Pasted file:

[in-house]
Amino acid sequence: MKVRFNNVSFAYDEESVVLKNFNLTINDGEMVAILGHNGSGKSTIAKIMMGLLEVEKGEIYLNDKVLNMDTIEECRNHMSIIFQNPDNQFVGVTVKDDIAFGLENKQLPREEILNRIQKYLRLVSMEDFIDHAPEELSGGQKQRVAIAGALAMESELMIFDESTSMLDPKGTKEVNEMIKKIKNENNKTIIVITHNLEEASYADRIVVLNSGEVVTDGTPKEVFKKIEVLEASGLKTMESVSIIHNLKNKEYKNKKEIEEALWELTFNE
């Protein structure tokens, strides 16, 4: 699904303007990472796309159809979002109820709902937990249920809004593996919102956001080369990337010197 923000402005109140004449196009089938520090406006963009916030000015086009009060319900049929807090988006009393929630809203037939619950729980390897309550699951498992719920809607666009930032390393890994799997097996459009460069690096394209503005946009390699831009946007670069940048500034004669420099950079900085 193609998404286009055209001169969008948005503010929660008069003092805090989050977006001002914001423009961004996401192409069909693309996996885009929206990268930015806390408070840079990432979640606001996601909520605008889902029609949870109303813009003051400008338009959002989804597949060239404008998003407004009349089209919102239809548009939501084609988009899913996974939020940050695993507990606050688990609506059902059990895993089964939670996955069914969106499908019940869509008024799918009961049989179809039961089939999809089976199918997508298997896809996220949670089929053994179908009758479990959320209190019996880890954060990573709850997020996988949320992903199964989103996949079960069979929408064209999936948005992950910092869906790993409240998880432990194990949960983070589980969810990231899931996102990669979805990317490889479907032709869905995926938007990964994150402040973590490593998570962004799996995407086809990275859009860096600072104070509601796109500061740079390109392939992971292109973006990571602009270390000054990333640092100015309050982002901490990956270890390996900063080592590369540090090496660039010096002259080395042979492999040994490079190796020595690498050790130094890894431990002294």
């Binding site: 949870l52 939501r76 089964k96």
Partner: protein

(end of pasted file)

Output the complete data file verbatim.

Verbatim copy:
[in-house]
Amino acid sequence: MKVRFNNVSFAYDEESVVLKNFNLTINDGEMVAILGHNGSGKSTIAKIMMGLLEVEKGEIYLNDKVLNMDTIEECRNHMSIIFQNPDNQFVGVTVKDDIAFGLENKQLPREEILNRIQKYLRLVSMEDFIDHAPEELSGGQKQRVAIAGALAMESELMIFDESTSMLDPKGTKEVNEMIKKIKNENNKTIIVITHNLEEASYADRIVVLNSGEVVTDGTPKEVFKKIEVLEASGLKTMESVSIIHNLKNKEYKNKKEIEEALWELTFNE
């Protein structure tokens, strides 16, 4: 699904303007990472796309159809979002109820709902937990249920809004593996919102956001080369990337010197 923000402005109140004449196009089938520090406006963009916030000015086009009060319900049929807090988006009393929630809203037939619950729980390897309550699951498992719920809607666009930032390393890994799997097996459009460069690096394209503005946009390699831009946007670069940048500034004669420099950079900085 193609998404286009055209001169969008948005503010929660008069003092805090989050977006001002914001423009961004996401192409069909693309996996885009929206990268930015806390408070840079990432979640606001996601909520605008889902029609949870109303813009003051400008338009959002989804597949060239404008998003407004009349089209919102239809548009939501084609988009899913996974939020940050695993507990606050688990609506059902059990895993089964939670996955069914969106499908019940869509008024799918009961049989179809039961089939999809089976199918997508298997896809996220949670089929053994179908009758479990959320209190019996880890954060990573709850997020996988949320992903199964989103996949079960069979929408064209999936948005992950910092869906790993409240998880432990194990949960983070589980969810990231899931996102990669979805990317490889479907032709869905995926938007990964994150402040973590490593998570962004799996995407086809990275859009860096600072104070509601796109500061740079390109392939992971292109973006990571602009270390000054990333640092100015309050982002901490990956270890390996900063080592590369540090090496660039010096002259080395042979492999040994490079190796020595690498050790130094890894431990002294």
């Binding site: 949870l52 939501r76 089964k96």
Partner: protein